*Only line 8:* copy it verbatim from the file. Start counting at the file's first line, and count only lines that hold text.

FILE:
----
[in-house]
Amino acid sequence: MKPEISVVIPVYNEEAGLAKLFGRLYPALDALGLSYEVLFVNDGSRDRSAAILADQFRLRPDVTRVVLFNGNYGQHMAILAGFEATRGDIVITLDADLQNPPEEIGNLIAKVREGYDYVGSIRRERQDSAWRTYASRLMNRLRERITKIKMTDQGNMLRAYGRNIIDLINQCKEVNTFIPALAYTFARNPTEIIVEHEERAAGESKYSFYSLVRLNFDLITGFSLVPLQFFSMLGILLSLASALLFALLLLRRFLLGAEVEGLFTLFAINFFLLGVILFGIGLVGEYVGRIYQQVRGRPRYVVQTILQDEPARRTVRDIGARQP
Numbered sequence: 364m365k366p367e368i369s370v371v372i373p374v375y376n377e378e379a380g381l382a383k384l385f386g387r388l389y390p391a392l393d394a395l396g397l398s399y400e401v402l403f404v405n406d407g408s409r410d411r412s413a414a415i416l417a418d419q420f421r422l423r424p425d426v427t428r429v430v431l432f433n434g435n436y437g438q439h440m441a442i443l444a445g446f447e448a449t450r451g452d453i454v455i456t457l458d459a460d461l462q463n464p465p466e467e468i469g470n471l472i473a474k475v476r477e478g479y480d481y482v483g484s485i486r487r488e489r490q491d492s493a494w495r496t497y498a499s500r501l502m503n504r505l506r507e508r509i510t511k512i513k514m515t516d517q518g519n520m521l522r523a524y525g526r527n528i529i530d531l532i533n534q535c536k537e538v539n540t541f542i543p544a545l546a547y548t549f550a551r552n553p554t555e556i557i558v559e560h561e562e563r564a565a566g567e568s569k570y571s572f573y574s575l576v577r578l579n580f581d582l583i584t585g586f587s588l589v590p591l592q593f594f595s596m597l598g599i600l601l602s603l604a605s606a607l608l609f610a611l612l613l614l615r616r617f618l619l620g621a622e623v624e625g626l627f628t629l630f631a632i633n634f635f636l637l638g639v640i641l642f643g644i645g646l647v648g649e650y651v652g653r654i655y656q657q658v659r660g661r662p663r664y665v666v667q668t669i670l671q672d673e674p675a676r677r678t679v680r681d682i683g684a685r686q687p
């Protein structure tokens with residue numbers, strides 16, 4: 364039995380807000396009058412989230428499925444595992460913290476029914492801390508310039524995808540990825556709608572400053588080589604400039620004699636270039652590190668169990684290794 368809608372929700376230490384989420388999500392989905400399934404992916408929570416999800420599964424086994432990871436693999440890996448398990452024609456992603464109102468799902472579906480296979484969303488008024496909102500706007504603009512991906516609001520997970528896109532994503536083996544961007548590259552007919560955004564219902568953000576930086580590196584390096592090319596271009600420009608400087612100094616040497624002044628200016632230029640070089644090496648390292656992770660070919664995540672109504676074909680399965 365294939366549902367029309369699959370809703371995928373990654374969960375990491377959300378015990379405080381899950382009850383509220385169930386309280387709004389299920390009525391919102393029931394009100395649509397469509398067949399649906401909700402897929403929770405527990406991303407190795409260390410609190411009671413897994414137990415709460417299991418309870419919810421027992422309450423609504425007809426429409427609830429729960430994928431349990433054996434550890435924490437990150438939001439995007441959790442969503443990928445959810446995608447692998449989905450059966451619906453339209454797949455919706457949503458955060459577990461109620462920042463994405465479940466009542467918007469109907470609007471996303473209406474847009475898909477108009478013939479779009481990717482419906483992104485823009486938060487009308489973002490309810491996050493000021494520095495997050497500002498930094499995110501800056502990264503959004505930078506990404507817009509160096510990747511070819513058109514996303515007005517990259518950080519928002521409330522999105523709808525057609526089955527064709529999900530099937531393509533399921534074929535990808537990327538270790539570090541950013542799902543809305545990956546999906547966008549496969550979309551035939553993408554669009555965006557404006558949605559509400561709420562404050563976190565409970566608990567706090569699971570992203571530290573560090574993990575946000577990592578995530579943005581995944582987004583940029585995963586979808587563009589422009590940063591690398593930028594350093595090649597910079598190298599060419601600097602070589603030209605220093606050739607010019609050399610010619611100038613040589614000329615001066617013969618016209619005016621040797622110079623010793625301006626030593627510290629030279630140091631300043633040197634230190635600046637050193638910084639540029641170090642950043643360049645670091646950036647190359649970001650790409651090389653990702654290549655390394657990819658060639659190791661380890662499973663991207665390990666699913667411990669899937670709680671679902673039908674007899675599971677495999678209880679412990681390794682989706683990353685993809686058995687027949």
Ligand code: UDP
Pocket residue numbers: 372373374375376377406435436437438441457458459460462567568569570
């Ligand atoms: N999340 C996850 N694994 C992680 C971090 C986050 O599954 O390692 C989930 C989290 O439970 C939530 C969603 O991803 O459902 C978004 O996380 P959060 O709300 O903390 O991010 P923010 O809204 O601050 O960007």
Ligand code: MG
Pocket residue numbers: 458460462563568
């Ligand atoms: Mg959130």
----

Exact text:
Ligand code: MG